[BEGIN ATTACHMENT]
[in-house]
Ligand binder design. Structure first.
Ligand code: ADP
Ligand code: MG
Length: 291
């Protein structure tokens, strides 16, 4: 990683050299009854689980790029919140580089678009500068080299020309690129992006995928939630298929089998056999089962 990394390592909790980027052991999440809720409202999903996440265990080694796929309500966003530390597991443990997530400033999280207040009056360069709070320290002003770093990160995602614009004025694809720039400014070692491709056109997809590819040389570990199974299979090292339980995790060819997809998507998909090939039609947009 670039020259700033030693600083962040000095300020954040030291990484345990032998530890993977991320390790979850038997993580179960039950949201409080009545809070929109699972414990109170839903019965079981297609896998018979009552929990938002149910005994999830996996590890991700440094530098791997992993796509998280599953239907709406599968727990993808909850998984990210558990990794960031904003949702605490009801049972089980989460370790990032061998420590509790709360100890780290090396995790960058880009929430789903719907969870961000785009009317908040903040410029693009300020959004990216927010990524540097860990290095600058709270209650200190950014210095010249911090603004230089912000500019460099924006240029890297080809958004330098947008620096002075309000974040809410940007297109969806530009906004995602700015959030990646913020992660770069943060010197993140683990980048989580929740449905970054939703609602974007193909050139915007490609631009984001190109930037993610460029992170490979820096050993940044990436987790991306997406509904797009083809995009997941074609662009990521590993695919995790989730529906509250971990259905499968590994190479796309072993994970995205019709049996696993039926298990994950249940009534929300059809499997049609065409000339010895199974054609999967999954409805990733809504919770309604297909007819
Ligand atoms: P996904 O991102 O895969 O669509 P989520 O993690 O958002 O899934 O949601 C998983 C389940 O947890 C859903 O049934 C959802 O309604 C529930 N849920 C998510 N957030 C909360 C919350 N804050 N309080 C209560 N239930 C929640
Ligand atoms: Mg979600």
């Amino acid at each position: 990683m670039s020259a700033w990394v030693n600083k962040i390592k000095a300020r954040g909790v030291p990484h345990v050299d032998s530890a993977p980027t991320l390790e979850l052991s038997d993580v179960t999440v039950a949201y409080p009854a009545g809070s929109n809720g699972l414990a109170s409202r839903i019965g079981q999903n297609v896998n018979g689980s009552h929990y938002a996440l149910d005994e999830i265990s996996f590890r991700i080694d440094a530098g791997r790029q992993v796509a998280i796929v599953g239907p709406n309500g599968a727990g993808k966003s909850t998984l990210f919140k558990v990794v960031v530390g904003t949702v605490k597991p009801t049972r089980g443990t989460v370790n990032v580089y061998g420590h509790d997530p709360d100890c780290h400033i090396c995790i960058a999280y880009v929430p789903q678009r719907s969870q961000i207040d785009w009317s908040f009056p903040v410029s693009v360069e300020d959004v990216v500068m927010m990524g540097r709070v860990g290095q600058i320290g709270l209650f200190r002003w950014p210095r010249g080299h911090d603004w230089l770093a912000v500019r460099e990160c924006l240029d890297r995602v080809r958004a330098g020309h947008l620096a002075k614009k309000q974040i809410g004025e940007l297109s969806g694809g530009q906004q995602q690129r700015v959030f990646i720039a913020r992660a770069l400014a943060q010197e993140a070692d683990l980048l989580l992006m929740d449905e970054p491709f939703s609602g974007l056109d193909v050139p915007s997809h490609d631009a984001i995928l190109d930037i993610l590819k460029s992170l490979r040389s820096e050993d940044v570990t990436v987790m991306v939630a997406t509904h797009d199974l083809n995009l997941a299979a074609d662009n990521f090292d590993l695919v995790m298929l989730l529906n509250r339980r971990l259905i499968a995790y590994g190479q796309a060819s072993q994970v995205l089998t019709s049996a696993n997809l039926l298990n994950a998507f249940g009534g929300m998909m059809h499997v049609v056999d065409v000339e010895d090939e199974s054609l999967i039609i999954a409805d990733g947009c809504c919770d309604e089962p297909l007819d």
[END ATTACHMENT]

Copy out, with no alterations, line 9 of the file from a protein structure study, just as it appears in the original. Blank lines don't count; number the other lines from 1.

């Amino acid at each position: 990683m670039s020259a700033w990394v030693n600083k962040i390592k000095a300020r954040g909790v030291p990484h345990v050299d032998s530890a993977p980027t991320l390790e979850l052991s038997d993580v179960t999440v039950a949201y409080p009854a009545g809070s929109n809720g699972l414990a109170s409202r839903i019965g079981q999903n297609v896998n018979g689980s009552h929990y938002a996440l149910d005994e999830i265990s996996f590890r991700i080694d440094a530098g791997r790029q992993v796509a998280i796929v599953g239907p709406n309500g599968a727990g993808k966003s909850t998984l990210f919140k558990v990794v960031v530390g904003t949702v605490k597991p009801t049972r089980g443990t989460v370790n990032v580089y061998g420590h509790d997530p709360d100890c780290h400033i090396c995790i960058a999280y880009v929430p789903q678009r719907s969870q961000i207040d785009w009317s908040f009056p903040v410029s693009v360069e300020d959004v990216v500068m927010m990524g540097r709070v860990g290095q600058i320290g709270l209650f200190r002003w950014p210095r010249g080299h911090d603004w230089l770093a912000v500019r460099e990160c924006l240029d890297r995602v080809r958004a330098g020309h947008l620096a002075k614009k309000q974040i809410g004025e940007l297109s969806g694809g530009q906004q995602q690129r700015v959030f990646i720039a913020r992660a770069l400014a943060q010197e993140a070692d683990l980048l989580l992006m929740d449905e970054p491709f939703s609602g974007l056109d193909v050139p915007s997809h490609d631009a984001i995928l190109d930037i993610l590819k460029s992170l490979r040389s820096e050993d940044v570990t990436v987790m991306v939630a997406t509904h797009d199974l083809n995009l997941a299979a074609d662009n990521f090292d590993l695919v995790m298929l989730l529906n509250r339980r971990l259905i499968a995790y590994g190479q796309a060819s072993q994970v995205l089998t019709s049996a696993n997809l039926l298990n994950a998507f249940g009534g929300m998909m059809h499997v049609v056999d065409v000339e010895d090939e199974s054609l999967i039609i999954a409805d990733g947009c809504c919770d309604e089962p297909l007819d």